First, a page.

This paper explores the importance of the public accountant’s role in society, and the unprecedented level of audit failure and breakdown in public trust in the profession. We are all familiar with the breakdown of trust in Wall Street, but during this time the accounting profession has been conspicuously silent. Fraud and misleading financials are not possible without auditors looking the other way. There has been an unprecedented failure of the accounting profession and its regulators, even after the passage of Sarbanes Oxley. Not only is there a financial cost to fraud, there is also a social cost, and a loss of trust in our institutions. There is an education gap in the accounting profession, and any social consequences or financial consequences to investors and society is often overlooked. This needs to change if trust is to be restored.
Richard H. Kravitz, CPA, MBA is a fellow of the American College of Forensic Examiners Institute (FACFEI), the American Institute of Certified Public Accountants (AICPA), New York State Society of CPAs (NYSSCPA), and ASSPA (American Society of Pension Professionals and Actuaries).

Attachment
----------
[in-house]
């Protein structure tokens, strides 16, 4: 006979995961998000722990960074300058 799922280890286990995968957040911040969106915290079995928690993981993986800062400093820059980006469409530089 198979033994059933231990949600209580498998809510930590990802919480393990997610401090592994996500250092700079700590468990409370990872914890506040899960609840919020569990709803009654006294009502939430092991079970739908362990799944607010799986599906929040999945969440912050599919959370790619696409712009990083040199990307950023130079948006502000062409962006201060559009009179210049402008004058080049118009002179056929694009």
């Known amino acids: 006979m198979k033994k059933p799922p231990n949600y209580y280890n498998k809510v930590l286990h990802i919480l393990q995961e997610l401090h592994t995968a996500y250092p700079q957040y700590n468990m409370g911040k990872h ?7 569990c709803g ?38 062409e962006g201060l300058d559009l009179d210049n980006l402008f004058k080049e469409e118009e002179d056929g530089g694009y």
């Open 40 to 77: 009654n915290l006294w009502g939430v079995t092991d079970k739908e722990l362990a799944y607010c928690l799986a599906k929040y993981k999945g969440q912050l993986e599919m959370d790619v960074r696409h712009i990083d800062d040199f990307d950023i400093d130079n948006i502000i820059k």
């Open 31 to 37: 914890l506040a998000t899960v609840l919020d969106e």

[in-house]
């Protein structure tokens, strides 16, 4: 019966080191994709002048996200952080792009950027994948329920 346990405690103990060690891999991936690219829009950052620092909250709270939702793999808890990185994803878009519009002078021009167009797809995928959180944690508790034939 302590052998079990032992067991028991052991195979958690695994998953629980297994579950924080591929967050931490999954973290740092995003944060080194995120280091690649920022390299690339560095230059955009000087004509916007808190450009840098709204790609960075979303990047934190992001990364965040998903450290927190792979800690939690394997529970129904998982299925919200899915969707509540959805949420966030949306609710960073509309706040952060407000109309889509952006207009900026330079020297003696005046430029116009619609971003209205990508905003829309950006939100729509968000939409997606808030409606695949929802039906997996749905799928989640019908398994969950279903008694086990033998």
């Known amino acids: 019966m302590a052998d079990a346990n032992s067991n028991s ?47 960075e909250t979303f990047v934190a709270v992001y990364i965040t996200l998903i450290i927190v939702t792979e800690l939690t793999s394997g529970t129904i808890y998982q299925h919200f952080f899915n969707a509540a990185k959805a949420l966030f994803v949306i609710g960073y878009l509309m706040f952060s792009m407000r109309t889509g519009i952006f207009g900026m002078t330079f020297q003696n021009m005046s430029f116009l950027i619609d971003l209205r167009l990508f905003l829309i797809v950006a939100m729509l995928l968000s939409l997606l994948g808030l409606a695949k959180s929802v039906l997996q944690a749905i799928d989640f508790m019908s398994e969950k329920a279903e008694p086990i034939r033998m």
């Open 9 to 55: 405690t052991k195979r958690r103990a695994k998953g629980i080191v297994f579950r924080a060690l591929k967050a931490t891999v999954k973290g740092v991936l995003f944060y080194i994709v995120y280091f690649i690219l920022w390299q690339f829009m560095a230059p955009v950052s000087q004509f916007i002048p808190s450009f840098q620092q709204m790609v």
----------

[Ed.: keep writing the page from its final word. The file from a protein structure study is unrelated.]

He is founding director of the Not for Profit Center for Socially Responsible Accounting (centerforsociallyresponsibleaccounting.com) and has authored numerous articles on financial fraud in the Financial Fraud Law Report, the CPA Journal and others. He is former executive vice president of Wolters Kluwer’s global legal and business publishing group, former president of Panel Publishers, and executive vice president of Aspen Publishers. At Thomson Reuters he was group magazine publisher for their accounting/tax publications and while at Deloitte Touche was a staff auditor in the financial services sector.